A Queens lawmaker’s effort to limit aircraft noise over the borough is moving forward.
Congresswoman Grace Meng’s measure to authorize a Navy Jet Noise Reduction Program has passed the House. The program, an initiative within the U.S. Navy’s Office of Naval Research, seeks to reduce engine noise of high-performance military air crafts.
Research and subsequent changes implemented to the military air crafts could then be applied to commercial jets, Meng said. Under the provision, the Secretary of the Navy is directed to share relevant noise reduction discoveries with the civilian aviation community.
This research could result in decreased noise over Queens, the congresswoman said.
“The Jet Noise Reduction Program has the potential to be a critical component in mitigating excessive aircraft noise over communities like Queens,” said Meng, who is a founding member of the Congressional Quiet Skies Caucus. “That is why it’s important for Congress to authorize this initiative and I’m pleased that the House has voted to do so.”
The measure was cosponsored by fellow New York Congress members Joe Crowley, Hakeem Jeffries, Kathleen Rice and Tom Suozzi, who said the measure is “an important first step in seeking a long-term solution to [noise pollution.]”
“Noise pollution has been a quality of life issue for the residents of Queens and Nassau Counties for way too long,” said Suozzi, who represents northeast Queens and Long Island. “As co-chair of the Quiet Skies Caucus, I have made it a priority to ensure that excessive aircraft noise levels are reduced.”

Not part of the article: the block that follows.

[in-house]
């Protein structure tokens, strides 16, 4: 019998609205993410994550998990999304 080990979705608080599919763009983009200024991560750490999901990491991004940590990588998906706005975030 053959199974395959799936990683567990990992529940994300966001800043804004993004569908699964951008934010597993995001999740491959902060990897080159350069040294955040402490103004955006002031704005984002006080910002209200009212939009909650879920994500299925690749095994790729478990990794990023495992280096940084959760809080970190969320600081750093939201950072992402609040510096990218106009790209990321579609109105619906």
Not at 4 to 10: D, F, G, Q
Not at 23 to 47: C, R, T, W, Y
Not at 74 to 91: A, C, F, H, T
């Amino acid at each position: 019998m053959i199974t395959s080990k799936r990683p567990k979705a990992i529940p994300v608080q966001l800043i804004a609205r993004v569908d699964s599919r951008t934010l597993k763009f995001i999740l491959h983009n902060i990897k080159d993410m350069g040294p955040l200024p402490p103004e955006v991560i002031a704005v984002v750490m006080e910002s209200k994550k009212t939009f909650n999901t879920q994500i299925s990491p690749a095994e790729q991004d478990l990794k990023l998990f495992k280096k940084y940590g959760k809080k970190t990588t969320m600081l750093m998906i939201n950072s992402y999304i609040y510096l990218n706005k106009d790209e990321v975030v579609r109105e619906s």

With full Congressional support, Meng’s provision would be passed as an amendment to the National Defense Authorization Act (NDAA): the annual legislation that establishes the U.S. Department of Defense’s funding levels and policies. The bill would take effect on Oct. 1.
The provision follows news earlier this year that the Federal Aviation Administration (FAA) was being being directed to take an updated look at the way it measures aircraft noise and its effects on surrounding communities, including Queens.
The agency will evaluate alternative metrics to the current method of studying the airplane noise via the Day-Night Average Sound Level (DNL), which Meng called “outdated” in a statement released in April.
Queens is home to LaGuardia and JFK International Airports, two of the busiest in the country. In 2015, the FAA began a multi-year effort to update scientific evidence on the relationship between aircraft noise exposure and its effects on communities surrounding airports.